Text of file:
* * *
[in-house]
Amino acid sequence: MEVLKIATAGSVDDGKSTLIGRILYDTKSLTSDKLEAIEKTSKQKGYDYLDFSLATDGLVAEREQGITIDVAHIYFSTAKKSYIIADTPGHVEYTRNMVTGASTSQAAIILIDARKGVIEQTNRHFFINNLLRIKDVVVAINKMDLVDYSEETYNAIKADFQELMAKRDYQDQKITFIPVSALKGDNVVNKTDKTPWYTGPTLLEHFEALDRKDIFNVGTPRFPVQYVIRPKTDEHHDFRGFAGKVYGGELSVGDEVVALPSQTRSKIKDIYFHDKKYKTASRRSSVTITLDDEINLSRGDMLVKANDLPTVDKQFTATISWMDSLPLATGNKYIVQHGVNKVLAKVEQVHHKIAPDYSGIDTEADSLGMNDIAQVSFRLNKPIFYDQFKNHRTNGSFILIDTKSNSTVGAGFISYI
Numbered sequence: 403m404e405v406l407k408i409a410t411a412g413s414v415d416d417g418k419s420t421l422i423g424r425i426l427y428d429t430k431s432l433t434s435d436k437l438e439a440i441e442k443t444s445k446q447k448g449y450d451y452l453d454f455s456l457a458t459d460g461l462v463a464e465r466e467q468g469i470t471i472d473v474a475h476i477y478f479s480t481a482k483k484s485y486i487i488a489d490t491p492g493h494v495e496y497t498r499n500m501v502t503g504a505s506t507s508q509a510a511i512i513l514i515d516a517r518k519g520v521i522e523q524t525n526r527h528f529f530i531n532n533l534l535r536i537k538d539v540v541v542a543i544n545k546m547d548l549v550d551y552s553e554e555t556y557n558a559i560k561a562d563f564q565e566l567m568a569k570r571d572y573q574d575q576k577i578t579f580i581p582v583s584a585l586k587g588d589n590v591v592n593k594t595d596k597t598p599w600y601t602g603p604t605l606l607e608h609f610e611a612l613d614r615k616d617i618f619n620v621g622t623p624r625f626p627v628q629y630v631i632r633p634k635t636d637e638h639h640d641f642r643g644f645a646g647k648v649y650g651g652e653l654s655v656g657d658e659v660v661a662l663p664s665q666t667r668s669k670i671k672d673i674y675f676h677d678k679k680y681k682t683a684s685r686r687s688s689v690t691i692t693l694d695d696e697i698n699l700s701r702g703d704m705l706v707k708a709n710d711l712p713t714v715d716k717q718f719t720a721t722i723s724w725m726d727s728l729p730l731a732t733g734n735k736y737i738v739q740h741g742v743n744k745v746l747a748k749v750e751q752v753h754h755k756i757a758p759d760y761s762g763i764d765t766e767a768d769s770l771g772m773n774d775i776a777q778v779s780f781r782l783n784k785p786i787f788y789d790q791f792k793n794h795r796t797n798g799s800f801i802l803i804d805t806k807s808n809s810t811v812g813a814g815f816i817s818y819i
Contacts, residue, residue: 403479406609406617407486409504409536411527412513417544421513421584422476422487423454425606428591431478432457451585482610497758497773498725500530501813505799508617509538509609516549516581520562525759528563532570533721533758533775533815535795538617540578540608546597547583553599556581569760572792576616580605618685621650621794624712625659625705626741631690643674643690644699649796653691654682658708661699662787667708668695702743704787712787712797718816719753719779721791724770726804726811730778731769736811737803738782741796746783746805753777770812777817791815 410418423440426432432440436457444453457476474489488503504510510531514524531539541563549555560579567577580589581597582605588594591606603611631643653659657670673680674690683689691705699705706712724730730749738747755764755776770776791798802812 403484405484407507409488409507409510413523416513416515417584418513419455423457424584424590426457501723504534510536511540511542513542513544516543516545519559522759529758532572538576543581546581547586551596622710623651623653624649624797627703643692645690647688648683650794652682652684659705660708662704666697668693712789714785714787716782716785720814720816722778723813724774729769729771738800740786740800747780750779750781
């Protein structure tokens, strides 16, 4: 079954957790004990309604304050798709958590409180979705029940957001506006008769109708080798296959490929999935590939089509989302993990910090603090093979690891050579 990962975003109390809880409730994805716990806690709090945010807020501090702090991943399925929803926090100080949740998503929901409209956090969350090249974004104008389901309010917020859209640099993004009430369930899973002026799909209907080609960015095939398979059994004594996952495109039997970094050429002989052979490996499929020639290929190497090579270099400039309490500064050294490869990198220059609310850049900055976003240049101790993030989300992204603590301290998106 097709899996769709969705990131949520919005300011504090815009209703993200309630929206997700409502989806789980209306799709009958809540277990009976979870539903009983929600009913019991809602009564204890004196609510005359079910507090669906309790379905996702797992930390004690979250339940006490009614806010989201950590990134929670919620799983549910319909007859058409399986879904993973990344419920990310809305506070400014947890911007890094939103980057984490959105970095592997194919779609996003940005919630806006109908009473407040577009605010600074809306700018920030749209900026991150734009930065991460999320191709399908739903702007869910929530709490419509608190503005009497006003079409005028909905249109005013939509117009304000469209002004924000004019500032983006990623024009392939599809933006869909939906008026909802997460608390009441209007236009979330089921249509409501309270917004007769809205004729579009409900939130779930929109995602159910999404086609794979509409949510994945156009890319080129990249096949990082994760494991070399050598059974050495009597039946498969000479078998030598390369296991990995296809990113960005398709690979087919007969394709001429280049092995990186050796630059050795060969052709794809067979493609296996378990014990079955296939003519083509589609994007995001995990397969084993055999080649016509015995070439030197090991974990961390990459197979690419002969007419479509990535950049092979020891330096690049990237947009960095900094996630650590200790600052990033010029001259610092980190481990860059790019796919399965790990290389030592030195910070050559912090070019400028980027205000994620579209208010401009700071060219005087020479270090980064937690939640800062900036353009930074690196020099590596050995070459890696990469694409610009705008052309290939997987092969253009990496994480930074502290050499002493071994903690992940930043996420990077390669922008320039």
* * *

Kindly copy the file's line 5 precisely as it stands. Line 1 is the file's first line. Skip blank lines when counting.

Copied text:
């Protein structure tokens, strides 16, 4: 079954957790004990309604304050798709958590409180979705029940957001506006008769109708080798296959490929999935590939089509989302993990910090603090093979690891050579 990962975003109390809880409730994805716990806690709090945010807020501090702090991943399925929803926090100080949740998503929901409209956090969350090249974004104008389901309010917020859209640099993004009430369930899973002026799909209907080609960015095939398979059994004594996952495109039997970094050429002989052979490996499929020639290929190497090579270099400039309490500064050294490869990198220059609310850049900055976003240049101790993030989300992204603590301290998106 097709899996769709969705990131949520919005300011504090815009209703993200309630929206997700409502989806789980209306799709009958809540277990009976979870539903009983929600009913019991809602009564204890004196609510005359079910507090669906309790379905996702797992930390004690979250339940006490009614806010989201950590990134929670919620799983549910319909007859058409399986879904993973990344419920990310809305506070400014947890911007890094939103980057984490959105970095592997194919779609996003940005919630806006109908009473407040577009605010600074809306700018920030749209900026991150734009930065991460999320191709399908739903702007869910929530709490419509608190503005009497006003079409005028909905249109005013939509117009304000469209002004924000004019500032983006990623024009392939599809933006869909939906008026909802997460608390009441209007236009979330089921249509409501309270917004007769809205004729579009409900939130779930929109995602159910999404086609794979509409949510994945156009890319080129990249096949990082994760494991070399050598059974050495009597039946498969000479078998030598390369296991990995296809990113960005398709690979087919007969394709001429280049092995990186050796630059050795060969052709794809067979493609296996378990014990079955296939003519083509589609994007995001995990397969084993055999080649016509015995070439030197090991974990961390990459197979690419002969007419479509990535950049092979020891330096690049990237947009960095900094996630650590200790600052990033010029001259610092980190481990860059790019796919399965790990290389030592030195910070050559912090070019400028980027205000994620579209208010401009700071060219005087020479270090980064937690939640800062900036353009930074690196020099590596050995070459890696990469694409610009705008052309290939997987092969253009990496994480930074502290050499002493071994903690992940930043996420990077390669922008320039």